This is our official policy on copyright, especially with reference to image, video and sound files.
Since contributors are required to license their work under Creative Commons, it logically follows that they cannot submit any copyrighted work without appropriate permission from the copyright holder - they are legally incapable of licensing content to which they do not own the rights. Of course, if the copyright holder allows their material to be distributed under the Creative Commons, and has been properly attributed, then this is perfectly fine.
Videos from YouTube may be embedded here in 2 ways. The first way is using <youtube> tags. This involves directly streaming the video on the site.
The second way involves uploading the video to the site before embedding it into articles. This is the method now used by default in the Wikia edit interface. These videos must be licensed.
YouTube videos have a typical license. If the video you are uploading is released under the 'Standard YouTube license', then it must be tagged with Template:Video. The only other licensing options allowed on YouTube is a 'Creative Commons license'. Such videos must be tagged with Template:CC-BY-SA-1, stating who originally uploaded the video.
Images and SoundEdit
When contributing images or sound files, you must make sure you copyright license them properly. Below is a guide to what sorts of files are allowed and what license they should be published under.
- Your own image - When uploading, select I took this myself. Unless you specifically re-license it post-upload with one of the options below, it is assumed to be Public Domain and will be re-tagged as such.
- Public domain - Uncopyrighted due to never being copyrighted or the copyright expiring. It is hard to tell if an image is public domain, so unless you have specific proof, its probably best not to contribute these. But if you know for sure it is public domain, you may contribute it under this licence, selecting the relevant option upon upload. Post-upload, visit the file's page and complete the licensing requirements - you must replace Template:PD with Template:PD1, stating why the image is public domain and where you got it from as directed. As a professional courtesy, consider crediting the original photographer where possible.
- If it is said to be the work of an employee of the US Federal Government, then according to Title 17, Chapter 1, Section 105 of the US Code, the file is released into the public domain. Replace Template:PD with Template:PD/US Federal Government, adding the required source as directed. As a professional courtesy, consider crediting the original photographer where possible.
- Creative Commons - If your file is released under any Creative Commons license, select the relevant option on upload, then complete the licensing requirements as directed by the template on the file page - you must replace Template:CC-BY-SA with Template:CC-BY-SA-1, stating who owns the copyright, preferably adding where you got it from.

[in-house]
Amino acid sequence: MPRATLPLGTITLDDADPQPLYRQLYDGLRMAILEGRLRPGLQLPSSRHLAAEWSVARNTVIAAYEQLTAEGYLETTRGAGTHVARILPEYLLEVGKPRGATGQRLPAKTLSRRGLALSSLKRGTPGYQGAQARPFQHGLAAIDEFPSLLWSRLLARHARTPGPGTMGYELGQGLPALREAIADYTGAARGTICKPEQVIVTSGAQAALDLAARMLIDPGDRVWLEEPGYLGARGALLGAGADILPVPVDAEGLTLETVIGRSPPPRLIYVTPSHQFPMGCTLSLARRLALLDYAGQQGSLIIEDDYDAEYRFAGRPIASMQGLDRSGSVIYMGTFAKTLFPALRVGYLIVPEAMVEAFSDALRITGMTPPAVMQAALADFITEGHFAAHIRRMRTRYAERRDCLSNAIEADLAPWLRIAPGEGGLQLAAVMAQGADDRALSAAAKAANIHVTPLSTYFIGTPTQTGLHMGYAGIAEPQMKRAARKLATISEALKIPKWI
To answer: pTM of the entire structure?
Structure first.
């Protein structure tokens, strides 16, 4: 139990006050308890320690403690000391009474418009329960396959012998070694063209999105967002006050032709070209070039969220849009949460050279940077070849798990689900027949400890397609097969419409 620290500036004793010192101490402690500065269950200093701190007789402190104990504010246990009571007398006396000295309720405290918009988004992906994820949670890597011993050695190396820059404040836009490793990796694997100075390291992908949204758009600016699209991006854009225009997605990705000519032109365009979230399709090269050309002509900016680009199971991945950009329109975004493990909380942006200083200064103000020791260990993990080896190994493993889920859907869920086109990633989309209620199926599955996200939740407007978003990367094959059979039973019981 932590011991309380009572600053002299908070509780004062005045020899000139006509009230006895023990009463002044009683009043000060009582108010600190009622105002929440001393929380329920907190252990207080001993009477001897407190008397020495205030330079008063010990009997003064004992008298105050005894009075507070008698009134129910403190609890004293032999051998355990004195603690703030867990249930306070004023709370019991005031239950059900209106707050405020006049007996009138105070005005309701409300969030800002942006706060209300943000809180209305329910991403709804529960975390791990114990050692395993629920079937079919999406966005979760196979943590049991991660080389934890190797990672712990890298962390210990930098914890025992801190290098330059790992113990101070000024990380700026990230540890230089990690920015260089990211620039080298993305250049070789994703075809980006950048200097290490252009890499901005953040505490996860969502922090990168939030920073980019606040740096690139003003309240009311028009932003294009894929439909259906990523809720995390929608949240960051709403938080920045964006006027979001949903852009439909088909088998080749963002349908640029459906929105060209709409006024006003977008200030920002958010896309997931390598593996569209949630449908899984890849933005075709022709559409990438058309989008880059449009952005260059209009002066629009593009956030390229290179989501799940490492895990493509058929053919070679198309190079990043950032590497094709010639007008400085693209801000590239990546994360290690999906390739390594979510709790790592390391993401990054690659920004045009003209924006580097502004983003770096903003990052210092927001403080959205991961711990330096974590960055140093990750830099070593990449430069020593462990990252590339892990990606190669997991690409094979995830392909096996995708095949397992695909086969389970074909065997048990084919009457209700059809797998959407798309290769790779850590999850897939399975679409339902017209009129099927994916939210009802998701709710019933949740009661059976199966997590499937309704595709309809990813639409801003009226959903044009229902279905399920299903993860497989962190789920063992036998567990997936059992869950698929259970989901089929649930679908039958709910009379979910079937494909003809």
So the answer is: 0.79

- GDFL and Other Free Licenses - If your file is not released under a Creative Commons license, but is licensed under another free license - such as GDFL - select the relevant option on upload, then complete the licensing requirements as directed by the template on the file page - you must replace Template:Other free with Template:Free, stating the source, the license and who to attribute.
- Copyrighted or licensing unknown - DO NOT CONTRIBUTE. Such files will be deleted unless licensed according to one of the above criteria.
- From Wikipedia? - The use of the From Wikipedia or another Wikimedia project option on upload is deprecated. The file should instead be licensed according to it's license at the source.
- Fair Use - Fair use files are an exception to the use of copyrighted files without explicit permission, under certain strict circumstances. If you think your file meets the criteria for fair use, uploading using the relevant option, then complete the licensing requirements as directed by the template on the file page - you must replace Template:Fairuse with Template:Fair, stating the source and providing a copyright disclaimer.
Fair use licensing applies when:
- A file is copyrighted
- The file cannot be replaced with a non-copyrighted alternative (chances are there is no such alternative) - If a non-copyrighted alternative exists or can be made, a fair use file should be replaced with this.
- If it is observed that excluding the file would have a detrimental impact upon the site's ability to educate
Any content that is leaked to the internet, most likely against a legally-binding non-disclosure agreement, is illegal. Therefore, for legal reasons, we cannot host any image or video files relating to such conduct. Additionally, we cannot host any information regarding leaks -- this means we cannot use leaked information in articles, we cannot link to sources of leaked information, and we cannot report any information obtained from leaks.